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Google’s OpenSocial – The web giant’s attempt to be at the centre of social networking

November 1st, 2007 · No Comments

I first read about OpenSocial this afternoon on Techcrunch. In summary:

“It is a set of common APIs that application developers can use to create applications that work on any social networks (called “hosts”) that choose to participate.

…The benefit of the Google approach is that developers can use much of their existing front end code and simply tailor it slightly for OpenSocial, so creating applications is even easier than on Facebook.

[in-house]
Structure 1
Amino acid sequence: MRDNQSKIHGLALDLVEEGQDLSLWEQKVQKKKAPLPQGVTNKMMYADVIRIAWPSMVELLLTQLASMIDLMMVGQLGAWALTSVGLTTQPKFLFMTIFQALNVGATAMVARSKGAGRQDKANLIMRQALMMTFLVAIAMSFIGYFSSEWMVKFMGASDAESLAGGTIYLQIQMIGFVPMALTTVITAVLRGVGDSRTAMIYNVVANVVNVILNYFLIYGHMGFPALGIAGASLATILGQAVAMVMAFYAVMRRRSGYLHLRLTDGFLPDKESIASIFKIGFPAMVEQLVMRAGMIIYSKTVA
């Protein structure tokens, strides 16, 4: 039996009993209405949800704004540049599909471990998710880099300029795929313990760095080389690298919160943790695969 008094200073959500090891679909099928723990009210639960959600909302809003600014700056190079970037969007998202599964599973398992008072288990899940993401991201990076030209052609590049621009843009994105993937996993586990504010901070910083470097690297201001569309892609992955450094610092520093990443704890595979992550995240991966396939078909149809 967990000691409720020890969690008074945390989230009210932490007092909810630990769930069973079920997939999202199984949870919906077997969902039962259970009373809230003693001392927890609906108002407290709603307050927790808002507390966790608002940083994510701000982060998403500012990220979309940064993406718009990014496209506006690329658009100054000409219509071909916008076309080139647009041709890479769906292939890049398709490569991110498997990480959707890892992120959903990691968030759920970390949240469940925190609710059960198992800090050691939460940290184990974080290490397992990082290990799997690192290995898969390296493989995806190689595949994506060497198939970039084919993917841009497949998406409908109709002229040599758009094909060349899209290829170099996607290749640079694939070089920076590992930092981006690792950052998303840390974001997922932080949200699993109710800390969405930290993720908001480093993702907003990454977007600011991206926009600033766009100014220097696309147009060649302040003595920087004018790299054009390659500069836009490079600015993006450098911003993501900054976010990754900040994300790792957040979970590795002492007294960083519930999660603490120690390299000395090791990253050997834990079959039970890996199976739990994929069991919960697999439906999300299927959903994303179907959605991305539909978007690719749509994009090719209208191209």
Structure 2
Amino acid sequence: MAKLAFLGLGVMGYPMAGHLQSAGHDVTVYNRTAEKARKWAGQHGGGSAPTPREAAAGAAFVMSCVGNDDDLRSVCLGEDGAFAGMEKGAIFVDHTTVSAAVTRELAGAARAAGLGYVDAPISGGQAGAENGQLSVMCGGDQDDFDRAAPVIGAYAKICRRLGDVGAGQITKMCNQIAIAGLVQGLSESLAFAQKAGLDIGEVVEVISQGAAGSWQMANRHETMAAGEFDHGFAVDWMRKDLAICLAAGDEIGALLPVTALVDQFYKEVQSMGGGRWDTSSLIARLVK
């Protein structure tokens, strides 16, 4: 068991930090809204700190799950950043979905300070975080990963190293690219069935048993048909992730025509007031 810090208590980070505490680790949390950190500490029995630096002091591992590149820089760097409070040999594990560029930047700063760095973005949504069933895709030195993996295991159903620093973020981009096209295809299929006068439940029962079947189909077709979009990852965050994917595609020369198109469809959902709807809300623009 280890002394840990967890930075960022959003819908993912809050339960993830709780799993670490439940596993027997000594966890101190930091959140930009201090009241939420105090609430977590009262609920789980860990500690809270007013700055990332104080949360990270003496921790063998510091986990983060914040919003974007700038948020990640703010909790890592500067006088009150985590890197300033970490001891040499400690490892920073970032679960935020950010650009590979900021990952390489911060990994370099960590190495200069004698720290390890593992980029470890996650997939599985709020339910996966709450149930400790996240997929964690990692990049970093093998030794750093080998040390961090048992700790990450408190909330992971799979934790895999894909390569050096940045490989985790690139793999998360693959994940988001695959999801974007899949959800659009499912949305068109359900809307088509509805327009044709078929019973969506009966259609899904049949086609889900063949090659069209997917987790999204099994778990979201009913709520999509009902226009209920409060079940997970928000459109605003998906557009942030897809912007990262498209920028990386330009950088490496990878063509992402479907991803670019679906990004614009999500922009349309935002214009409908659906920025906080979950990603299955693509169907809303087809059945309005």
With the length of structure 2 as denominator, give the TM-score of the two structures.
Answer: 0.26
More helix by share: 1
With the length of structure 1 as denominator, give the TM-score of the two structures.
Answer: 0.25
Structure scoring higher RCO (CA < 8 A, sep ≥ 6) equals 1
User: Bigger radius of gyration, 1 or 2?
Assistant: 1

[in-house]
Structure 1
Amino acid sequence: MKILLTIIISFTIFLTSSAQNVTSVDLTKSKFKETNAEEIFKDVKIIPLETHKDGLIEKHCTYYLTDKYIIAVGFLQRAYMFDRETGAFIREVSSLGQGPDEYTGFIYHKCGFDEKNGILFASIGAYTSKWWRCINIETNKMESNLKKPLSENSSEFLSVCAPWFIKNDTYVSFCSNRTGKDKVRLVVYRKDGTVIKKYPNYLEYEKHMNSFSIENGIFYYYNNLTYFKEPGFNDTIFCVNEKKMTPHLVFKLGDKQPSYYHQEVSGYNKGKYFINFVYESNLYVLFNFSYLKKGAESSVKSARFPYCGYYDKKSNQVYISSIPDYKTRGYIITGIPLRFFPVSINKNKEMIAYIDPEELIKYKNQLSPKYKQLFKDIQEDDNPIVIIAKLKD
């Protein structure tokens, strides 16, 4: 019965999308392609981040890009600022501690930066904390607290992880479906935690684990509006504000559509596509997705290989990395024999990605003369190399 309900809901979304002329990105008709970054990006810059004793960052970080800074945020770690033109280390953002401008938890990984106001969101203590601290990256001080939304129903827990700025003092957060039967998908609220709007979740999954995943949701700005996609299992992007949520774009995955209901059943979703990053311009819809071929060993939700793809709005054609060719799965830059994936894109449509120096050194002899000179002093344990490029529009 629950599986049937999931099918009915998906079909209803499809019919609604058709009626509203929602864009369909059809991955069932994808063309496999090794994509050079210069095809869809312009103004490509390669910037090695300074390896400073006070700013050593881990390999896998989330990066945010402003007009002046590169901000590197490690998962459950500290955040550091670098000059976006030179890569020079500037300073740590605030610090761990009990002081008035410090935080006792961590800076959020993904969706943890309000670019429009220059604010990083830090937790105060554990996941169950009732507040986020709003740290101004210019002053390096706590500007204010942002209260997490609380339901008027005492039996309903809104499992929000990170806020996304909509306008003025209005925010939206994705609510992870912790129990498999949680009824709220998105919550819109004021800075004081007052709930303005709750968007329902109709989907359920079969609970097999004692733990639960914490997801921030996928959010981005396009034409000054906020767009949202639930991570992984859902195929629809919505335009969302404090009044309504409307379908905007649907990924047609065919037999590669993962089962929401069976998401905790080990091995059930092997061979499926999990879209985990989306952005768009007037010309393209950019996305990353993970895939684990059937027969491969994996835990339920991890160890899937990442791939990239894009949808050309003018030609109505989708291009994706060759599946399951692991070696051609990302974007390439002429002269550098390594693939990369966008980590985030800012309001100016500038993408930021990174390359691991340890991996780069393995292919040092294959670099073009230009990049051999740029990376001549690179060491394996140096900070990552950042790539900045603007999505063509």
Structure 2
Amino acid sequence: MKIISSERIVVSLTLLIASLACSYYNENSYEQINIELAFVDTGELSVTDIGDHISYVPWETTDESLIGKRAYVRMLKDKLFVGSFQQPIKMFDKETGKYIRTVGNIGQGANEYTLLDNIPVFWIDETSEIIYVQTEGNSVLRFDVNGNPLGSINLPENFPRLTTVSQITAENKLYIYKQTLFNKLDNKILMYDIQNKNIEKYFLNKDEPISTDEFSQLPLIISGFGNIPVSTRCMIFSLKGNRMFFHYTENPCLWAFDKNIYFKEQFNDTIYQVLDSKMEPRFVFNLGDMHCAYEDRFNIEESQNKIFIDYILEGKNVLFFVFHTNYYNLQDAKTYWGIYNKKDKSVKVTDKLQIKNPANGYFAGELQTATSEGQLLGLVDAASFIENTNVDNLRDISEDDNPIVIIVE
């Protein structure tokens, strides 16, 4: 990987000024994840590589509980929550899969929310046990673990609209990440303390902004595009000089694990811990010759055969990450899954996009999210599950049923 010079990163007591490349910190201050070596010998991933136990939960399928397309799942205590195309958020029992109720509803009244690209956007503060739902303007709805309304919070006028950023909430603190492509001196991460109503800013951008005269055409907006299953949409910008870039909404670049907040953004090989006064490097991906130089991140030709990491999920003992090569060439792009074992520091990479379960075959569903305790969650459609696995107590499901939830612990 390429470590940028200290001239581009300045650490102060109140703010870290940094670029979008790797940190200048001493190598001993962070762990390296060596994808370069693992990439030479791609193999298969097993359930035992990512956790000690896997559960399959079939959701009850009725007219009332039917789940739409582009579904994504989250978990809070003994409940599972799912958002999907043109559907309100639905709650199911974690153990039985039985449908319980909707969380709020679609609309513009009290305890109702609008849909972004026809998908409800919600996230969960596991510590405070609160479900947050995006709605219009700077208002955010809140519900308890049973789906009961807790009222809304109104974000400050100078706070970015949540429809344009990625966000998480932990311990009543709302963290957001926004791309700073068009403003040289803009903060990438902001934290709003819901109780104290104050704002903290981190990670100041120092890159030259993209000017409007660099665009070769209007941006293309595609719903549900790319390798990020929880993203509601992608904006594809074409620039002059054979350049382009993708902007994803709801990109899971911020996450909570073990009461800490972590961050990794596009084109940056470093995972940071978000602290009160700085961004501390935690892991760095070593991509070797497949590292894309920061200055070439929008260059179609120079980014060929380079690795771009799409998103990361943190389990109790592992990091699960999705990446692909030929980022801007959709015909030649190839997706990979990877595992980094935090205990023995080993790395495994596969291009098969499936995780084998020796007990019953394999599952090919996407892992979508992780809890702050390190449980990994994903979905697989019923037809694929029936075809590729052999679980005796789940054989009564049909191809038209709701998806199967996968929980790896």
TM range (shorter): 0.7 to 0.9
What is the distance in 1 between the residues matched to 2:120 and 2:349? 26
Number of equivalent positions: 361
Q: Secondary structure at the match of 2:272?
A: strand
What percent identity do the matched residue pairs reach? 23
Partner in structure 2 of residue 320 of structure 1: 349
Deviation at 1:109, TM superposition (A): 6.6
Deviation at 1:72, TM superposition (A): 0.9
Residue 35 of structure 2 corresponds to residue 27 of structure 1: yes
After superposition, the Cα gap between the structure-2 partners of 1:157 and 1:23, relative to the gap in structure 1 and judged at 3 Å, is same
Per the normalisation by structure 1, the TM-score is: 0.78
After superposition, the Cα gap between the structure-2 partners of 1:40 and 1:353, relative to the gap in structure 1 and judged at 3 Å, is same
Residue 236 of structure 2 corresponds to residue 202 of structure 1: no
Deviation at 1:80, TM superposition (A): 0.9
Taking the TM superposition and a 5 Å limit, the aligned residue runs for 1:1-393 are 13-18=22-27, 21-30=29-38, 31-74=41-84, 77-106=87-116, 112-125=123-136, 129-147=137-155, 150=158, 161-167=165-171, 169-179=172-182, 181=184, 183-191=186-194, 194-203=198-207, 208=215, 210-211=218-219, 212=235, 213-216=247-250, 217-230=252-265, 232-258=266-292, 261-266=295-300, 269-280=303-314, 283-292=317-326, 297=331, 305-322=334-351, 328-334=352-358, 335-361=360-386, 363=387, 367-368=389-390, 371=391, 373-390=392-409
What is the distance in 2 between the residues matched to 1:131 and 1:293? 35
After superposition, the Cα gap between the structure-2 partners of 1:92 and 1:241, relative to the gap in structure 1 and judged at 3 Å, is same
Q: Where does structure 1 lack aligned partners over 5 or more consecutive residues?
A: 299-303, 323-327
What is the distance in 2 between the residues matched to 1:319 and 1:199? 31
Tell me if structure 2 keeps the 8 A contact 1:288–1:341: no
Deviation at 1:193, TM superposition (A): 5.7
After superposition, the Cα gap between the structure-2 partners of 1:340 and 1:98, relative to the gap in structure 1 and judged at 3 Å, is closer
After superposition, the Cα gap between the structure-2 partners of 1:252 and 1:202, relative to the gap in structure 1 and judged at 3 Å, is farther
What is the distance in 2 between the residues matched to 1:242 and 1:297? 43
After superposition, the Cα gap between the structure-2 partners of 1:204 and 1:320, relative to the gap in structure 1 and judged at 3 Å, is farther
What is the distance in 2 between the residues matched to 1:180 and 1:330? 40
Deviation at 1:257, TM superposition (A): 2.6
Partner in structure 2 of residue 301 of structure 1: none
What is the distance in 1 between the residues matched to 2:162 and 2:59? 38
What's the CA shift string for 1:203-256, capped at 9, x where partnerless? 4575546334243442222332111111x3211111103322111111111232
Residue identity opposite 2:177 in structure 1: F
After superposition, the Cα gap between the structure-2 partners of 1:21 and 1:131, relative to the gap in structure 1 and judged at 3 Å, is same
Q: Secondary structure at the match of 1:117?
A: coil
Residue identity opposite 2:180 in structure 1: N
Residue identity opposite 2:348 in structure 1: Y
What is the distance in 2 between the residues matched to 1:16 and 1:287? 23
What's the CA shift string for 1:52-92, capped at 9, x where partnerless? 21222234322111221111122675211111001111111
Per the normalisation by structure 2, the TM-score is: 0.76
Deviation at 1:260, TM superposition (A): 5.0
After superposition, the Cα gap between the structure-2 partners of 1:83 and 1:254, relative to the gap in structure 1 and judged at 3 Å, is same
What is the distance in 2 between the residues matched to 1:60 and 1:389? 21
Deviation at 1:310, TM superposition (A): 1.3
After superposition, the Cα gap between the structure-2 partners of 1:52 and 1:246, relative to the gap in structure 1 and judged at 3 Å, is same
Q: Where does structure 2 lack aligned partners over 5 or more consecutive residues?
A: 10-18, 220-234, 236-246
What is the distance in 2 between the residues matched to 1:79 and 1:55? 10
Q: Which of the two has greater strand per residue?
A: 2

…OpenSocial is silent when it comes to specific rules and policies of the hosts, like whether or not advertising is accepted or whether any developer can get in without applying first (the Facebook approach).”

I’ve blogged here about “platform neutrality” – the idea that your profile and relationship/friendship/collegue/classmate information should be accessed – but not owned – by social networking sites such as Facebook. Google’s OpenSocial appears to be a step in that direction.

I’ve setup an OpenSocial blog to follow the way Google’s technology impacts the social networking space.

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